Every once in a while, I notice a book with one of these "how-to" titles. This one, by Tod Barnhart, is like all the rest.
The author, a successful investor, looks back and finds things he thinks led to his success, then simplifies, categorizes, organizes, and exhorts, "you can do this!"
Alas, you CAN'T do this: just as Peter Lynch's memoir/investment guide will tell you a lot about how it feels to be a successful investor, applying Lynch's lessons will not make you anywhere near as successful as Peter Lynch, any more than wearing Bret Favre's #4 Packer jersey will make you a great quarterback.
I mean, you can buy his authentic jersey from the NFL shop, but all it will do is keep you warm while you watch him take Philadelphia apart this weekend. You GO Brett and the Pack!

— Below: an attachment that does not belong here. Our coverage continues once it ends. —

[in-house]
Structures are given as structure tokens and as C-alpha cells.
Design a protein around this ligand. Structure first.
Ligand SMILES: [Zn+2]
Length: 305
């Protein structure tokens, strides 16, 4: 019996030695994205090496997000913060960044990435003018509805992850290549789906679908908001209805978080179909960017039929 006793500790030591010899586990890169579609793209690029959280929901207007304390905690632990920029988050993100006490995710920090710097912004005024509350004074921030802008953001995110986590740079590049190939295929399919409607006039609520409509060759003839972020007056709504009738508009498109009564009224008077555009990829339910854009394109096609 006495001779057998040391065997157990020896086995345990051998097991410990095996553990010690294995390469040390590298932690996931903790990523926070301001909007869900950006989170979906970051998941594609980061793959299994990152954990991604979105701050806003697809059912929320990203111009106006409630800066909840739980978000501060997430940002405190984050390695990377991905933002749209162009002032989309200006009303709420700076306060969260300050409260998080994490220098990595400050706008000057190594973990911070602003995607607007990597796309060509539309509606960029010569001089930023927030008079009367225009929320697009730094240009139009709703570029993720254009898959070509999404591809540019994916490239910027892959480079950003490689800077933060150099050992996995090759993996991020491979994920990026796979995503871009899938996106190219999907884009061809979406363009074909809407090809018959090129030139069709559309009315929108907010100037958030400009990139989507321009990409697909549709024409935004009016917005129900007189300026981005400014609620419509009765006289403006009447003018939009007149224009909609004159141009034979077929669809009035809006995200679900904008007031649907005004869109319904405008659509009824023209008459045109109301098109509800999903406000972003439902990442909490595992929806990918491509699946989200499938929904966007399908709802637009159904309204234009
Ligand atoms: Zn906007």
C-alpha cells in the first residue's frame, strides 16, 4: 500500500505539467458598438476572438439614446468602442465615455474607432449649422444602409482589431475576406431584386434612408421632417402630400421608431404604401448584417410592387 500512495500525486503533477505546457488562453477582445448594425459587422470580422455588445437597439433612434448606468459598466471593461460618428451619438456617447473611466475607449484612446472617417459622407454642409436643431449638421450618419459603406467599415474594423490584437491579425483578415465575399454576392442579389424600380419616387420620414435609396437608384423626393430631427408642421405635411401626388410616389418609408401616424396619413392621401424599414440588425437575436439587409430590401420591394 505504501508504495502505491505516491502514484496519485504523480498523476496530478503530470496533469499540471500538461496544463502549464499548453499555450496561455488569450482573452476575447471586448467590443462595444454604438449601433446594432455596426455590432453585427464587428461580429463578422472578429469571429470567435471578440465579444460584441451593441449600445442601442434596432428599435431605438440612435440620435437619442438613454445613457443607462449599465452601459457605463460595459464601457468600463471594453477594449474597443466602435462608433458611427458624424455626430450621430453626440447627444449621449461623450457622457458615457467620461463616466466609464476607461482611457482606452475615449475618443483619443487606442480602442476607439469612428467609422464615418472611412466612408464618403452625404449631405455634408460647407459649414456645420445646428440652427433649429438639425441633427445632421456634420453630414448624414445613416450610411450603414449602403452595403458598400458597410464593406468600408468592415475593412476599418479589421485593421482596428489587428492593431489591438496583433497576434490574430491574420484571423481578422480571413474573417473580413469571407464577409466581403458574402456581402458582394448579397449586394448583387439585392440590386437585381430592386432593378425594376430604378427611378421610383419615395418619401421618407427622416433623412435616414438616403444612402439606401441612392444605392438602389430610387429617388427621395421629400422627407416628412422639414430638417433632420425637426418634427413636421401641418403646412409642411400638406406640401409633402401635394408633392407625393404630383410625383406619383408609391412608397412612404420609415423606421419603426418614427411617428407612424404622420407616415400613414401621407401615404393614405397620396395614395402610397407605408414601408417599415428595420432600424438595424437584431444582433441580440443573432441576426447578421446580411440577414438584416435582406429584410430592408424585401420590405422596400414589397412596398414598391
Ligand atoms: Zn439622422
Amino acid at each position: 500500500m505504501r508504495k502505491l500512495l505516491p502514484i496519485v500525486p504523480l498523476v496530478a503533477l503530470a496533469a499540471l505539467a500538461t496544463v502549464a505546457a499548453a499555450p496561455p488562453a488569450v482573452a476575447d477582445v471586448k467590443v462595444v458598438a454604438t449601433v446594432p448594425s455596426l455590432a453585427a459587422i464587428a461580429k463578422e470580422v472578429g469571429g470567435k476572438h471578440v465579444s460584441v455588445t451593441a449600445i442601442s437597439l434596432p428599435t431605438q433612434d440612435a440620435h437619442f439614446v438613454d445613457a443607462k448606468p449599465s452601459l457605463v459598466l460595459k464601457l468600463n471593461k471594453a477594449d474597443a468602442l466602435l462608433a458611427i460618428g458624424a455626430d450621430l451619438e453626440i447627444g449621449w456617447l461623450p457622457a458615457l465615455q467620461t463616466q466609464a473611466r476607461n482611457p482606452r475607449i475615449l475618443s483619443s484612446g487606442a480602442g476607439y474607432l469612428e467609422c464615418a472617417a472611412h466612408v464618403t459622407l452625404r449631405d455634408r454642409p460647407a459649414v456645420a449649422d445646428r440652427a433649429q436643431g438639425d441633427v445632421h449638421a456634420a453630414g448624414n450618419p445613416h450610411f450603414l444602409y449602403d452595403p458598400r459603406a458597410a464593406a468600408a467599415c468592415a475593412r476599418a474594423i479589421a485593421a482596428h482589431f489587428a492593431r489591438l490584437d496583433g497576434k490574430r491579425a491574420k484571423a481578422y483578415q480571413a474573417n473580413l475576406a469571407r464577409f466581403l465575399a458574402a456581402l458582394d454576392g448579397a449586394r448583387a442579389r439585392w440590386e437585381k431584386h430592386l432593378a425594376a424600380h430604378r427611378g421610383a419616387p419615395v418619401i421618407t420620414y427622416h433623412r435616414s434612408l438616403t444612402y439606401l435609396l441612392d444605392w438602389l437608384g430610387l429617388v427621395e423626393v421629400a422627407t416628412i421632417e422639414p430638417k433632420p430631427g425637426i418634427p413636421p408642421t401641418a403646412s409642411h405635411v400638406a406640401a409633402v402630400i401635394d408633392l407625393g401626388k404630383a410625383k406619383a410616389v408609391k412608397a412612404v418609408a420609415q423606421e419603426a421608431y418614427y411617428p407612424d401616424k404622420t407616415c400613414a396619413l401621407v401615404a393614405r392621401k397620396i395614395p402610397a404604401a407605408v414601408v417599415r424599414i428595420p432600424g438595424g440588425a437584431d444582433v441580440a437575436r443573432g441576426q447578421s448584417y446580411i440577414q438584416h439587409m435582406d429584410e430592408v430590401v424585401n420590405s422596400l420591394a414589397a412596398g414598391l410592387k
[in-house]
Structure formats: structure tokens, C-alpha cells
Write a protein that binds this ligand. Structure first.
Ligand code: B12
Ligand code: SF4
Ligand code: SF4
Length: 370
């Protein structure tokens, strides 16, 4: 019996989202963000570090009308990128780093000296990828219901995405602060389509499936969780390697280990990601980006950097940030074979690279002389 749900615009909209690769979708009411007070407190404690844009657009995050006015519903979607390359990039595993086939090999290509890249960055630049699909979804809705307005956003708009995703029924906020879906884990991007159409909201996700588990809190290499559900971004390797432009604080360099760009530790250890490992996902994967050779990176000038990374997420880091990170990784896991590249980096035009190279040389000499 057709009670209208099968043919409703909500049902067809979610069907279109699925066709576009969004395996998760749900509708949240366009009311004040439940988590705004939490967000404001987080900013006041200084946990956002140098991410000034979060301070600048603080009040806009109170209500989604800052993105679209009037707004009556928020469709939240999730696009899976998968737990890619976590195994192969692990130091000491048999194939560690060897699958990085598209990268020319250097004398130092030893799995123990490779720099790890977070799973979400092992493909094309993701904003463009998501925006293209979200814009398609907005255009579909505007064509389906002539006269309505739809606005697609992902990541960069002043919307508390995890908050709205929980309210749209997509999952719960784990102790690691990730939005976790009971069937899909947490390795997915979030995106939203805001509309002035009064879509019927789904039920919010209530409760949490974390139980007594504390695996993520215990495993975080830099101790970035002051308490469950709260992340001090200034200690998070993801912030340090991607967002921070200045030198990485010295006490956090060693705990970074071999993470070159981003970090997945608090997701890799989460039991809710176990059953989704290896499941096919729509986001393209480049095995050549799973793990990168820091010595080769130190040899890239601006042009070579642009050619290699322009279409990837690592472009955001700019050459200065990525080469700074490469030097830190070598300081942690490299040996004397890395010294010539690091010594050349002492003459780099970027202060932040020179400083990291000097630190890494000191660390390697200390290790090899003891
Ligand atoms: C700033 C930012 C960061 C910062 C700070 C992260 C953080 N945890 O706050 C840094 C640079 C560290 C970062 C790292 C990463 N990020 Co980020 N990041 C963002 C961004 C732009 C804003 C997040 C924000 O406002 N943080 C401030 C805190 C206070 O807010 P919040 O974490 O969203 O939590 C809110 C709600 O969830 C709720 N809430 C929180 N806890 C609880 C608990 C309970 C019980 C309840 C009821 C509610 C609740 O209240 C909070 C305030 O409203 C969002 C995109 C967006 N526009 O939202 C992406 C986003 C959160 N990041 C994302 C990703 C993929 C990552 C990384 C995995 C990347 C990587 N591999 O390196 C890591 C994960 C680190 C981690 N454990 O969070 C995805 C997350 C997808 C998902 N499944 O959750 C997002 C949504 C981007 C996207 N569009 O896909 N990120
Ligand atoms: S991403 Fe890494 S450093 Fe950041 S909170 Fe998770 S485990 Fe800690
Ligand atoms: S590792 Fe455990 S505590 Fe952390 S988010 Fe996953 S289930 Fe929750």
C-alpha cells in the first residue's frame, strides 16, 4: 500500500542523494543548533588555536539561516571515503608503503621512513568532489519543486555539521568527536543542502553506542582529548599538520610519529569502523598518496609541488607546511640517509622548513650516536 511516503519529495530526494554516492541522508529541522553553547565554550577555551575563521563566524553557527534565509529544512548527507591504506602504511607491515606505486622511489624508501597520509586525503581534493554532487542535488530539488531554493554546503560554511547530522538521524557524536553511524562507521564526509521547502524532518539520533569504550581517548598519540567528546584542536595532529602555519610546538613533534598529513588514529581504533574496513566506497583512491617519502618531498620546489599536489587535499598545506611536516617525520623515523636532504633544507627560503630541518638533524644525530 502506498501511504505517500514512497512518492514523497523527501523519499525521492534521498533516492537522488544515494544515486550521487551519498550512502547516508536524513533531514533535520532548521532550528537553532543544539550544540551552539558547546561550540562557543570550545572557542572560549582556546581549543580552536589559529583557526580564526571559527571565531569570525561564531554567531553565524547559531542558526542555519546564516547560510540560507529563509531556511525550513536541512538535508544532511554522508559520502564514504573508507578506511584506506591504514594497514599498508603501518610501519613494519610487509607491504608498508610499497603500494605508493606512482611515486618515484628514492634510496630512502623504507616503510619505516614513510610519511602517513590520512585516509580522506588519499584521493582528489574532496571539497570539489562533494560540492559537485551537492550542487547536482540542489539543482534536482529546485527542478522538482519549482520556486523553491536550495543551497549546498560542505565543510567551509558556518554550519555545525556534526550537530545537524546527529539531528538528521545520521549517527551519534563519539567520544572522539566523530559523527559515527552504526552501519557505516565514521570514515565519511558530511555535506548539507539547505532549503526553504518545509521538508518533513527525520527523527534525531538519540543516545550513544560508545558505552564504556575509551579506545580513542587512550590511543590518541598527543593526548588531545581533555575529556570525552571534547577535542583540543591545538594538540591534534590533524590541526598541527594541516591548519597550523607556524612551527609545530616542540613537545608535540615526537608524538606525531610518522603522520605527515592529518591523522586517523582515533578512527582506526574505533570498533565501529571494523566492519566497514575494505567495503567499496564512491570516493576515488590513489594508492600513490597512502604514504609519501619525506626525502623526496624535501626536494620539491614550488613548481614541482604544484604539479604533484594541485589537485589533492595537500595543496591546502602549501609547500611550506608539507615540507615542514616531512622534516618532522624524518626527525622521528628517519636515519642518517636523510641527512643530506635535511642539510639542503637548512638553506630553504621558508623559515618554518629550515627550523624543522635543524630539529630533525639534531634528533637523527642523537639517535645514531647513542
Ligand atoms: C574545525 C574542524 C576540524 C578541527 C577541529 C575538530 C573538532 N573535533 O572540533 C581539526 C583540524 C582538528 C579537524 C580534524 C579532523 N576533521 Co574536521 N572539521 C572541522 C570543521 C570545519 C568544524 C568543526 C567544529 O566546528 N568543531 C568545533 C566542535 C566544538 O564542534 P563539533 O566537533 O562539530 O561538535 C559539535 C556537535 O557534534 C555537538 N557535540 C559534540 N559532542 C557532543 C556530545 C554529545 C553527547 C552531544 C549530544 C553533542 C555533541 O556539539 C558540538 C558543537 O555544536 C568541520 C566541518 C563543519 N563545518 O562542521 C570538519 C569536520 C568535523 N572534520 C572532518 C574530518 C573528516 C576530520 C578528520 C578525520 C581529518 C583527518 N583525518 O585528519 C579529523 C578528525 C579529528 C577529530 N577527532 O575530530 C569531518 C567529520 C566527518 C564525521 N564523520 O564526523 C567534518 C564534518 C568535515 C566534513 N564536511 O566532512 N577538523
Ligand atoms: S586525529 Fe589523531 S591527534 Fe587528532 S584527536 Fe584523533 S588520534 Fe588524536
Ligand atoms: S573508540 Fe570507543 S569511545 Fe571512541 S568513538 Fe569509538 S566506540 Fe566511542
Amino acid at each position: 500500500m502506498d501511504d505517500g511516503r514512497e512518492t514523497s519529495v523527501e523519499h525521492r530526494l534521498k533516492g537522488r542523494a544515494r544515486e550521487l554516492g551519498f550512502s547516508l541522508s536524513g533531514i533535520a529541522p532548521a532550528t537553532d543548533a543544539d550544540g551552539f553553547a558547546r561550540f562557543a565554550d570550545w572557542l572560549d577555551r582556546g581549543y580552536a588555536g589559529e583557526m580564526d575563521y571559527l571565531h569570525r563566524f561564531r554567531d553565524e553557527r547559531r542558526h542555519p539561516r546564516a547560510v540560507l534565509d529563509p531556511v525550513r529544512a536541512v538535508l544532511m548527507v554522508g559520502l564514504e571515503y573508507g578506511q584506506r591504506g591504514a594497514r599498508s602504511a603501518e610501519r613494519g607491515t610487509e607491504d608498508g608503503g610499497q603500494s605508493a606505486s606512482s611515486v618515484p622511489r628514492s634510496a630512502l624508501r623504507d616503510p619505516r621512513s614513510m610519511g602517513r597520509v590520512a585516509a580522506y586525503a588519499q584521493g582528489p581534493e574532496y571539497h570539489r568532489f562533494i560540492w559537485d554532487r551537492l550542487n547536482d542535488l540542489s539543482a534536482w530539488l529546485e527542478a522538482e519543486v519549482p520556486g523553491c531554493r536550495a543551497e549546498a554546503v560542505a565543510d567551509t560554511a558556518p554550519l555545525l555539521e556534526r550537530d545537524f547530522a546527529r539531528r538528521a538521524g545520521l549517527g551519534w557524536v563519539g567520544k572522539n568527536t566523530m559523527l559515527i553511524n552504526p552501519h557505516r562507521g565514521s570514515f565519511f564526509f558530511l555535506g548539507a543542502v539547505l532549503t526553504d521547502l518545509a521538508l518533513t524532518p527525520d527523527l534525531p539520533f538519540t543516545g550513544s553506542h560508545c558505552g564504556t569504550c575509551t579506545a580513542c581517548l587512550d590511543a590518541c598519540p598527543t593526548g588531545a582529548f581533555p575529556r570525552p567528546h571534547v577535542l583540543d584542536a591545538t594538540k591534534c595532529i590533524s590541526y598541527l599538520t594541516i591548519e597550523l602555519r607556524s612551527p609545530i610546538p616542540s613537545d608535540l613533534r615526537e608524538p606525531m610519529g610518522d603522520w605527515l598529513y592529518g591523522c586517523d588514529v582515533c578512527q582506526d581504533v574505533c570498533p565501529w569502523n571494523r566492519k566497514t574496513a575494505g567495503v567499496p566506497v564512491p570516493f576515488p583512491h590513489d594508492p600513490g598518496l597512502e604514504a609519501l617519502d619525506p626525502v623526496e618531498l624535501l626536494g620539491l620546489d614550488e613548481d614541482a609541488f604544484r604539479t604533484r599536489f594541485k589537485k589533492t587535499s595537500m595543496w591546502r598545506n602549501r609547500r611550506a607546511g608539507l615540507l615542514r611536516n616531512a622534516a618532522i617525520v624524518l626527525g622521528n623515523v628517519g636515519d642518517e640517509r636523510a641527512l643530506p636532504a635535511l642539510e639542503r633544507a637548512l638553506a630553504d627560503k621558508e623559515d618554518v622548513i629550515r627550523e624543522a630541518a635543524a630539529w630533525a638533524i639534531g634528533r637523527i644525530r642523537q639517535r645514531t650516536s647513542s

The first clue this book will be useless is that Anthony Robbins not only wrote the foreward, he's also the recipient of the book's dedication, and the only person two of whose books are mentioned in "Suggested Reading." But wait, there's more.
Robbins is also cited in the acknowledgements, and again in the Author's Note. Ugh.
Then the usual suspects chime in: Marsha Sinetar's book, "Do What You Love, The Money Will Follow" (totally untrue), and George S. Clason's "The Richest Man in Babylon," with its "Five Laws of Gold."
Memo to file: a description is not a perscription. All this book does is describe, then say do it and all will be well. You can go to church, temple, or the mosque and find that out, and save yourself the price of this book.